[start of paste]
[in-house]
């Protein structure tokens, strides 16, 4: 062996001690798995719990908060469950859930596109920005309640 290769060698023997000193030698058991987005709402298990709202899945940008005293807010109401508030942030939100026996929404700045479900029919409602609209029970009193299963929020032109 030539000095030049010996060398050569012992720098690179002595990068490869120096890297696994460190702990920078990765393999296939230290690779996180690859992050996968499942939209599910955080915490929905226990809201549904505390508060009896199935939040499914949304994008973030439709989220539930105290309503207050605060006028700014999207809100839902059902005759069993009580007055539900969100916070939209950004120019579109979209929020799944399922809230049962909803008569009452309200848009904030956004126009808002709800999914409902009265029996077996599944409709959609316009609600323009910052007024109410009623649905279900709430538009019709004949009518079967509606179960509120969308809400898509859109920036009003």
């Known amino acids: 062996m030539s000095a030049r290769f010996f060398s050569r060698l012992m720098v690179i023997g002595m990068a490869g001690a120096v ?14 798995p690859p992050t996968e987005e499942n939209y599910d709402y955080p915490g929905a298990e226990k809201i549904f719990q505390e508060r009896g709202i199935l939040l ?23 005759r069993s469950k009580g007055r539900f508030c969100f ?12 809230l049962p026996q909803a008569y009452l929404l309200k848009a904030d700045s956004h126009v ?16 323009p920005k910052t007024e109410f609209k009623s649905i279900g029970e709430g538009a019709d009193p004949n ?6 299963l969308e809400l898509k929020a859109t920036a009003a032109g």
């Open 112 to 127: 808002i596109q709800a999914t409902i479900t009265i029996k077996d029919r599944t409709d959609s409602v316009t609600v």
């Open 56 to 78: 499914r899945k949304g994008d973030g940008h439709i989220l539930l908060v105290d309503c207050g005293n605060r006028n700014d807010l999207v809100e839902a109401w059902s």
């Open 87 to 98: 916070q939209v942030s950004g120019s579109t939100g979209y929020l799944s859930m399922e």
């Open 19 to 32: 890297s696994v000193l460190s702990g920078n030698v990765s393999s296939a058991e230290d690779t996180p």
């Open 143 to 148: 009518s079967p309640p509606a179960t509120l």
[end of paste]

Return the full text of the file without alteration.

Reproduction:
[in-house]
């Protein structure tokens, strides 16, 4: 062996001690798995719990908060469950859930596109920005309640 290769060698023997000193030698058991987005709402298990709202899945940008005293807010109401508030942030939100026996929404700045479900029919409602609209029970009193299963929020032109 030539000095030049010996060398050569012992720098690179002595990068490869120096890297696994460190702990920078990765393999296939230290690779996180690859992050996968499942939209599910955080915490929905226990809201549904505390508060009896199935939040499914949304994008973030439709989220539930105290309503207050605060006028700014999207809100839902059902005759069993009580007055539900969100916070939209950004120019579109979209929020799944399922809230049962909803008569009452309200848009904030956004126009808002709800999914409902009265029996077996599944409709959609316009609600323009910052007024109410009623649905279900709430538009019709004949009518079967509606179960509120969308809400898509859109920036009003």
């Known amino acids: 062996m030539s000095a030049r290769f010996f060398s050569r060698l012992m720098v690179i023997g002595m990068a490869g001690a120096v ?14 798995p690859p992050t996968e987005e499942n939209y599910d709402y955080p915490g929905a298990e226990k809201i549904f719990q505390e508060r009896g709202i199935l939040l ?23 005759r069993s469950k009580g007055r539900f508030c969100f ?12 809230l049962p026996q909803a008569y009452l929404l309200k848009a904030d700045s956004h126009v ?16 323009p920005k910052t007024e109410f609209k009623s649905i279900g029970e709430g538009a019709d009193p004949n ?6 299963l969308e809400l898509k929020a859109t920036a009003a032109g």
């Open 112 to 127: 808002i596109q709800a999914t409902i479900t009265i029996k077996d029919r599944t409709d959609s409602v316009t609600v």
């Open 56 to 78: 499914r899945k949304g994008d973030g940008h439709i989220l539930l908060v105290d309503c207050g005293n605060r006028n700014d807010l999207v809100e839902a109401w059902s």
């Open 87 to 98: 916070q939209v942030s950004g120019s579109t939100g979209y929020l799944s859930m399922e």
């Open 19 to 32: 890297s696994v000193l460190s702990g920078n030698v990765s393999s296939a058991e230290d690779t996180p």
């Open 143 to 148: 009518s079967p309640p509606a179960t509120l």